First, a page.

Bioinformatics Toolbox

Working with Objects for Microarray Experiment Data

This example shows how to create and manipulate MATLAB® containers designed for storing data from a microarray experiment.

Containers for Gene Expression Experiment Data

Microarray experimental data are very complex, usually consisting of data and information from a number of different sources. Storing and managing the large and complex data sets in a coherent manner has always being a challenge. Bioinformatics Toolbox™ provides a set of objects to represent the different pieces of data from a microarray experiment.

It is easier to manage all the data from a microarray experiment if the different pieces can be organized and stored into a single data structure. The ExpressionSet class is a single convenient data structure for storing and coordinating the different data objects from a microarray gene expression experiment.

An ExpressionSet object consists of these four components that are common to all microarray gene expression experiments:

Experiment data: Expression values from microarray experiments. These data are stored as an instance of the ExptData class.

Sample information: The metadata describing the samples in the experiment. The sample metadata are stored as an instance of the MetaData class.

Array feature annotations: The annotations about the features or probes on the array used in the experiment. The annotations can be stored as an instance of the MetaData class.

Experiment descriptions: Information to describe the experiment methods and conditions. The information can be stored as an instance of the MIAME class.

The ExpressionSet class coordinates and validates these data components. The class provides methods for retrieving and setting the data stored in an ExpressionSet object. An ExpressionSet object also behaves like many other MATLAB data structures that can be subsetted and copied.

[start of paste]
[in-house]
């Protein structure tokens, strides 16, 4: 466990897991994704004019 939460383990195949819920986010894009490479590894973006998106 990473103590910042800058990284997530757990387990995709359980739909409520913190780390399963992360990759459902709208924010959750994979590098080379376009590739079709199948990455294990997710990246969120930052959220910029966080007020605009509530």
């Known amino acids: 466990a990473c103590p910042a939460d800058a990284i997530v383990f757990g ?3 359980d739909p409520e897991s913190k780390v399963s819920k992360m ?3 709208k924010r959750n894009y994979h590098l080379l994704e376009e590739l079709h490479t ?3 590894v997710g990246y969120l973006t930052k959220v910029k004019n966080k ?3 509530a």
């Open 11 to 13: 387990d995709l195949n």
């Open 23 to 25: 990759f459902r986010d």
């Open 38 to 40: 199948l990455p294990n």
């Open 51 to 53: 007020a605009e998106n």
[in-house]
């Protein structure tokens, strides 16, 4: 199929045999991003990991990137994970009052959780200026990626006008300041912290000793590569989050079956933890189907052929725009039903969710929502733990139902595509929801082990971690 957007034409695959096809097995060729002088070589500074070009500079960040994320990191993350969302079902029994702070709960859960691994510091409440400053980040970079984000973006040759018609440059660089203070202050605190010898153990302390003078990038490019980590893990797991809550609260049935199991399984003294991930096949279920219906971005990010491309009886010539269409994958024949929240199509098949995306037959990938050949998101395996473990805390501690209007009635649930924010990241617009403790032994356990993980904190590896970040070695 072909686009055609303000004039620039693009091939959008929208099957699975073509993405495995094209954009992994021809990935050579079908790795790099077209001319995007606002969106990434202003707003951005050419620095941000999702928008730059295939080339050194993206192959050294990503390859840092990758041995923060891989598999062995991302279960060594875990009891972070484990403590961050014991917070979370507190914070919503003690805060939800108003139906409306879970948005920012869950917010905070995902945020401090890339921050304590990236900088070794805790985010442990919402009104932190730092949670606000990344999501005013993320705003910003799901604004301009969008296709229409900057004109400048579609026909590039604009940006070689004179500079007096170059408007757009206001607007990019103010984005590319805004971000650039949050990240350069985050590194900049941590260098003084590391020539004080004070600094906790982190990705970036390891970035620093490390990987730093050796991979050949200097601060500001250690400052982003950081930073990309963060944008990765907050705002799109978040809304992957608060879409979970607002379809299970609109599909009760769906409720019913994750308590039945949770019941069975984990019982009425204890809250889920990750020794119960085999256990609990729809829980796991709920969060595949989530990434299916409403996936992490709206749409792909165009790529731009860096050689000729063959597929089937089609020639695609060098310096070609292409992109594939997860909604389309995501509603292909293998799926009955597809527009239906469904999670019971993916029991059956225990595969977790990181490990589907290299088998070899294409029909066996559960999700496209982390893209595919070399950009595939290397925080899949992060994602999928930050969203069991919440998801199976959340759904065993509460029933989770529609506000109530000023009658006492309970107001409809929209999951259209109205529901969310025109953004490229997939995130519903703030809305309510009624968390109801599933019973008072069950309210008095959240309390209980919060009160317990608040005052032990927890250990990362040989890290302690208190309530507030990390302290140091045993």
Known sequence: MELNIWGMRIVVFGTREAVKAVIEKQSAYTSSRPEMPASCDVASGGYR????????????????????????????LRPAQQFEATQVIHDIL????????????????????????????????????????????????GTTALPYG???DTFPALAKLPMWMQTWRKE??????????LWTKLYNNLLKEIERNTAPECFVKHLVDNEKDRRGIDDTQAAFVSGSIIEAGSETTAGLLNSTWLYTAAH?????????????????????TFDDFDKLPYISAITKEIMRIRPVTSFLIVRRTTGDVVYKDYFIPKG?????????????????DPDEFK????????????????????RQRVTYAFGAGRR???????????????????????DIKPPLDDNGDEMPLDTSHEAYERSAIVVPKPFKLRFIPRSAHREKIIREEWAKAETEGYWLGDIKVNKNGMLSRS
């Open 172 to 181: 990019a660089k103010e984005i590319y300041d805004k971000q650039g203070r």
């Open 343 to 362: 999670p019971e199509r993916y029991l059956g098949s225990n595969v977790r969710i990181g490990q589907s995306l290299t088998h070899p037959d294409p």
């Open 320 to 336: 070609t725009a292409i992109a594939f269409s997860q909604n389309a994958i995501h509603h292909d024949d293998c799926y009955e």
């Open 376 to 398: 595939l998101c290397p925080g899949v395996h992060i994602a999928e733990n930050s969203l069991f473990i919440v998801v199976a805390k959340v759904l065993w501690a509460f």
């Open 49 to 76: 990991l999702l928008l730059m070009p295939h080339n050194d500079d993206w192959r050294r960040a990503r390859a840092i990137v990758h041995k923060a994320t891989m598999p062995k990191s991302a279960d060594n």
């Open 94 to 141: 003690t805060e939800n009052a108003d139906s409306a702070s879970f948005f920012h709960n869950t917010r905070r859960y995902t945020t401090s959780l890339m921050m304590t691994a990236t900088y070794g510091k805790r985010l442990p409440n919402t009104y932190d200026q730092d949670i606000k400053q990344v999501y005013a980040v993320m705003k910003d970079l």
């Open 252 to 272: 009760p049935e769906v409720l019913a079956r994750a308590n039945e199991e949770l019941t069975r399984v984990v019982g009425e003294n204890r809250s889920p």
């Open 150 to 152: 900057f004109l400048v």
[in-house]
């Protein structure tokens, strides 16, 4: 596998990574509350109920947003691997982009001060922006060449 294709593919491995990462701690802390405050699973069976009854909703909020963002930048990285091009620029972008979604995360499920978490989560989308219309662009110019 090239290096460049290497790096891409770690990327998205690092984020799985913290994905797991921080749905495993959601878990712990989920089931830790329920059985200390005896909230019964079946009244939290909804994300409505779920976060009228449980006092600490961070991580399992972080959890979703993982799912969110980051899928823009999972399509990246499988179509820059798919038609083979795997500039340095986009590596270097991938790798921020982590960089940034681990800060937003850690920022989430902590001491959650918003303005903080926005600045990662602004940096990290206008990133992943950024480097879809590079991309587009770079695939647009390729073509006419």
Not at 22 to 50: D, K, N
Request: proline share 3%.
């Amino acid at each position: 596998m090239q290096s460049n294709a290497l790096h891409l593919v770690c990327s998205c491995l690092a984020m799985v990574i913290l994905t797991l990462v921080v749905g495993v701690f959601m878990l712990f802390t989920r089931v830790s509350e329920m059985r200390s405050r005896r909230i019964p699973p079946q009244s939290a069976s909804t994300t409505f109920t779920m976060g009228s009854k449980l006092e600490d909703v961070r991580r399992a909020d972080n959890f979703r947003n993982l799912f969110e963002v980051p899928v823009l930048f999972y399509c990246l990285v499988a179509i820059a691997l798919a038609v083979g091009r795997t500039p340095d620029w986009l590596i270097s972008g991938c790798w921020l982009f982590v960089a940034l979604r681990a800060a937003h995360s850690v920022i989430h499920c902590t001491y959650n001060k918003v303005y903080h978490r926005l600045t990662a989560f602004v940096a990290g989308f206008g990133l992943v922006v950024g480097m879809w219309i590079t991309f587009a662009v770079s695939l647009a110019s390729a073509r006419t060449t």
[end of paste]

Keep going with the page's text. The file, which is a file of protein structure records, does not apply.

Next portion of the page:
Experiment Data

In a microarray gene expression experiment, the measured expression values for each feature per sample can be represented as a two-dimensional (2D) matrix. The matrix has F rows and S columns, where F is the number of features on the array, and S is the number of samples on which the expression values were measured. A DataMatrix object is designed to contain this type of data. It is a 2D matrix with row and column names. A DataMatrix object can be indexed not only by its row and column numbers, logical vectors, but also by its row and column names. But linear indexing is not supported.

For example, create a Datamatrix with row and column names:

dm = bioma.data.DataMatrix(rand(5,4), 'RowNames','Feature', 'ColNames', 'Sample')
dm = 

                Sample1    Sample2    Sample3    Sample4
    Feature1    0.75127    0.95929    0.84072    0.34998
    Feature2     0.2551    0.54722    0.25428     0.1966
    Feature3    0.50596    0.13862    0.81428    0.25108
    Feature4    0.69908    0.14929    0.24352    0.61604
    Feature5     0.8909    0.25751    0.92926    0.47329

The function size returns the number of rows and columns in a DataMatrix object.

size(dm)
ans =

     5     4

You can index into a DataMatrix object like other MATLAB numeric arrays by using row and column numbers. For example, access the elements at rows 1 and 2, column 3 of dm:

dm(1:2, 3)
ans =